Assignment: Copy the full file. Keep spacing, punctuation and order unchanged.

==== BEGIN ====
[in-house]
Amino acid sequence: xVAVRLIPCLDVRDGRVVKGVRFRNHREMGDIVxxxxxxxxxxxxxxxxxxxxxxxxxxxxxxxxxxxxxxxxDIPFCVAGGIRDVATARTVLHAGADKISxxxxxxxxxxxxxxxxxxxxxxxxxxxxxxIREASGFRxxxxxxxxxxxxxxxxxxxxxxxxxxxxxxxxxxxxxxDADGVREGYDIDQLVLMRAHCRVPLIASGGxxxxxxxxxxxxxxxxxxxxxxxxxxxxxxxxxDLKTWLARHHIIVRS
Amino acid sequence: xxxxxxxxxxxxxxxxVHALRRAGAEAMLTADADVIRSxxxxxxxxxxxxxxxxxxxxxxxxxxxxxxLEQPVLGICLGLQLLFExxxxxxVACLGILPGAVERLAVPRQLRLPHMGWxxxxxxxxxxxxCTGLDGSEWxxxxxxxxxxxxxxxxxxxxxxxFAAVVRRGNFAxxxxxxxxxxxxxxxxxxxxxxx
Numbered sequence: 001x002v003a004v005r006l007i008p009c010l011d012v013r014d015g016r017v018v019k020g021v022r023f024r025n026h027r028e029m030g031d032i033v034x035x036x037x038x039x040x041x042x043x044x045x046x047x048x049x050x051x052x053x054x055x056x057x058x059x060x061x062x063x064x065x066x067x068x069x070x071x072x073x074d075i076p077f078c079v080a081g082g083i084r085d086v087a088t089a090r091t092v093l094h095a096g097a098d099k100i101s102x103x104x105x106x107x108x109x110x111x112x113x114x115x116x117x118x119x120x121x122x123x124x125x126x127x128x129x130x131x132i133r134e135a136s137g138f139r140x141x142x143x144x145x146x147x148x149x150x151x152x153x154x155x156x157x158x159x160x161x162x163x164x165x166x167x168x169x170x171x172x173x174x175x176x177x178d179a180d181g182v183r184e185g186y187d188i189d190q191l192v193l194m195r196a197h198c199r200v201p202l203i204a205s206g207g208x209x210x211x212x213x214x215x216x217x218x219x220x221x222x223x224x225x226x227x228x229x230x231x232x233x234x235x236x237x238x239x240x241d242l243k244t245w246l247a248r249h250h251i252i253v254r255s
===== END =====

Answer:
[in-house]
Amino acid sequence: xVAVRLIPCLDVRDGRVVKGVRFRNHREMGDIVxxxxxxxxxxxxxxxxxxxxxxxxxxxxxxxxxxxxxxxxDIPFCVAGGIRDVATARTVLHAGADKISxxxxxxxxxxxxxxxxxxxxxxxxxxxxxxIREASGFRxxxxxxxxxxxxxxxxxxxxxxxxxxxxxxxxxxxxxxDADGVREGYDIDQLVLMRAHCRVPLIASGGxxxxxxxxxxxxxxxxxxxxxxxxxxxxxxxxxDLKTWLARHHIIVRS
Amino acid sequence: xxxxxxxxxxxxxxxxVHALRRAGAEAMLTADADVIRSxxxxxxxxxxxxxxxxxxxxxxxxxxxxxxLEQPVLGICLGLQLLFExxxxxxVACLGILPGAVERLAVPRQLRLPHMGWxxxxxxxxxxxxCTGLDGSEWxxxxxxxxxxxxxxxxxxxxxxxFAAVVRRGNFAxxxxxxxxxxxxxxxxxxxxxxx
Numbered sequence: 001x002v003a004v005r006l007i008p009c010l011d012v013r014d015g016r017v018v019k020g021v022r023f024r025n026h027r028e029m030g031d032i033v034x035x036x037x038x039x040x041x042x043x044x045x046x047x048x049x050x051x052x053x054x055x056x057x058x059x060x061x062x063x064x065x066x067x068x069x070x071x072x073x074d075i076p077f078c079v080a081g082g083i084r085d086v087a088t089a090r091t092v093l094h095a096g097a098d099k100i101s102x103x104x105x106x107x108x109x110x111x112x113x114x115x116x117x118x119x120x121x122x123x124x125x126x127x128x129x130x131x132i133r134e135a136s137g138f139r140x141x142x143x144x145x146x147x148x149x150x151x152x153x154x155x156x157x158x159x160x161x162x163x164x165x166x167x168x169x170x171x172x173x174x175x176x177x178d179a180d181g182v183r184e185g186y187d188i189d190q191l192v193l194m195r196a197h198c199r200v201p202l203i204a205s206g207g208x209x210x211x212x213x214x215x216x217x218x219x220x221x222x223x224x225x226x227x228x229x230x231x232x233x234x235x236x237x238x239x240x241d242l243k244t245w246l247a248r249h250h251i252i253v254r255s